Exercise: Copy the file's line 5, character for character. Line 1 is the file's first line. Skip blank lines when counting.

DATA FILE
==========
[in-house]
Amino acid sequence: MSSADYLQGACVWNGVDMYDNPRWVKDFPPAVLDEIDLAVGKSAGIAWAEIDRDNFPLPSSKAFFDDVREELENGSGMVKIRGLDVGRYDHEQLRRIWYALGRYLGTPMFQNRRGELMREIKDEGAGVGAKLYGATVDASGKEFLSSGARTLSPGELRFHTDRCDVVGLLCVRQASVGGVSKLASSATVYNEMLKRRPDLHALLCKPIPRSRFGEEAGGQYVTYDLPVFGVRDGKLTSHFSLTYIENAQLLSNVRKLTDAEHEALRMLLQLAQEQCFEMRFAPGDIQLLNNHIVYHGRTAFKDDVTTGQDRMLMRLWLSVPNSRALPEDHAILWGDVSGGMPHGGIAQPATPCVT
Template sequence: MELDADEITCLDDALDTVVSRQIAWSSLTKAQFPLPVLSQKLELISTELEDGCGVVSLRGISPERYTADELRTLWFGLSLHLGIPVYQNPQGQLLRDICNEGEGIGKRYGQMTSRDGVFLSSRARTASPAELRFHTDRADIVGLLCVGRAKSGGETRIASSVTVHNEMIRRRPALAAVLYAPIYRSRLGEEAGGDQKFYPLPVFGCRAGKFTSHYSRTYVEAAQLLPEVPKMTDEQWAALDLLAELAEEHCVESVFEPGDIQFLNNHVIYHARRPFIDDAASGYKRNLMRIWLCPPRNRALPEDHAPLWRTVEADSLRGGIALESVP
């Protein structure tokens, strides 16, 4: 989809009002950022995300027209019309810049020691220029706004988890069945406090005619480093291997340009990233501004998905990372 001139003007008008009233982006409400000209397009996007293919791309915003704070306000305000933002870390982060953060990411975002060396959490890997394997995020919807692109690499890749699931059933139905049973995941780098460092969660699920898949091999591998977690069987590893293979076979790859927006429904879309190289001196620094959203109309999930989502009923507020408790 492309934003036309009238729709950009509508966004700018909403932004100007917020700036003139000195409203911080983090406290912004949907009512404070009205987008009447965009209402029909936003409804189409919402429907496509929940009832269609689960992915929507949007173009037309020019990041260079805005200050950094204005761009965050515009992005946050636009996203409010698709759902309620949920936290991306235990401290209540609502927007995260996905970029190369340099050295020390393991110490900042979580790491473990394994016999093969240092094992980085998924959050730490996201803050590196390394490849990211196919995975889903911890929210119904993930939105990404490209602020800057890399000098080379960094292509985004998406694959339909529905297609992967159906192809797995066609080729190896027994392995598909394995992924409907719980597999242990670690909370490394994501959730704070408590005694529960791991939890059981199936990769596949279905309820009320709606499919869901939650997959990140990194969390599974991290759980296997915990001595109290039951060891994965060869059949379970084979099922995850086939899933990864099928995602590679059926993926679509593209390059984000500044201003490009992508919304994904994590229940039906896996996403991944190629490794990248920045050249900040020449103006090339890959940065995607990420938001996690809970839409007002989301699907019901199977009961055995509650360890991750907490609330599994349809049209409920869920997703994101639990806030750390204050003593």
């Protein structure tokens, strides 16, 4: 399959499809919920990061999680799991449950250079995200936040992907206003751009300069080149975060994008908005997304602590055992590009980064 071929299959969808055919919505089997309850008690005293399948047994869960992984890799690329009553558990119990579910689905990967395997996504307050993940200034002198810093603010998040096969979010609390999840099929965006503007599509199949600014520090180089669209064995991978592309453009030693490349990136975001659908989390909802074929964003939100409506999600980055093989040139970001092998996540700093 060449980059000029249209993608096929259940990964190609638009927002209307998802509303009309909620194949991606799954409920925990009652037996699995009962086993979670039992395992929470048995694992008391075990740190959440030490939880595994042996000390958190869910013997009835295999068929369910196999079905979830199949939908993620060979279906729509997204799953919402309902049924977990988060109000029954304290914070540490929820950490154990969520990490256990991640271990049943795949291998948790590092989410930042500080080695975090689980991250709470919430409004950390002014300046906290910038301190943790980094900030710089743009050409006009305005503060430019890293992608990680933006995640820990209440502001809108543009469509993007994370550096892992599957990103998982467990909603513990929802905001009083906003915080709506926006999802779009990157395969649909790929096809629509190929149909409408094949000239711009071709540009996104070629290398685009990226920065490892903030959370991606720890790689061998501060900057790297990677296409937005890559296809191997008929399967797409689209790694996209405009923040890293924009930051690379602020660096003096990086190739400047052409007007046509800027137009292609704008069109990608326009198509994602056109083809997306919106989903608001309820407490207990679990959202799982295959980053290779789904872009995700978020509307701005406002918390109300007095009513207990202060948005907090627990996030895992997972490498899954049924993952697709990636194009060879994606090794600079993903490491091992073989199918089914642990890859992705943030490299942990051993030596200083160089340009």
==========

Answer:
């Protein structure tokens, strides 16, 4: 399959499809919920990061999680799991449950250079995200936040992907206003751009300069080149975060994008908005997304602590055992590009980064 071929299959969808055919919505089997309850008690005293399948047994869960992984890799690329009553558990119990579910689905990967395997996504307050993940200034002198810093603010998040096969979010609390999840099929965006503007599509199949600014520090180089669209064995991978592309453009030693490349990136975001659908989390909802074929964003939100409506999600980055093989040139970001092998996540700093 060449980059000029249209993608096929259940990964190609638009927002209307998802509303009309909620194949991606799954409920925990009652037996699995009962086993979670039992395992929470048995694992008391075990740190959440030490939880595994042996000390958190869910013997009835295999068929369910196999079905979830199949939908993620060979279906729509997204799953919402309902049924977990988060109000029954304290914070540490929820950490154990969520990490256990991640271990049943795949291998948790590092989410930042500080080695975090689980991250709470919430409004950390002014300046906290910038301190943790980094900030710089743009050409006009305005503060430019890293992608990680933006995640820990209440502001809108543009469509993007994370550096892992599957990103998982467990909603513990929802905001009083906003915080709506926006999802779009990157395969649909790929096809629509190929149909409408094949000239711009071709540009996104070629290398685009990226920065490892903030959370991606720890790689061998501060900057790297990677296409937005890559296809191997008929399967797409689209790694996209405009923040890293924009930051690379602020660096003096990086190739400047052409007007046509800027137009292609704008069109990608326009198509994602056109083809997306919106989903608001309820407490207990679990959202799982295959980053290779789904872009995700978020509307701005406002918390109300007095009513207990202060948005907090627990996030895992997972490498899954049924993952697709990636194009060879994606090794600079993903490491091992073989199918089914642990890859992705943030490299942990051993030596200083160089340009």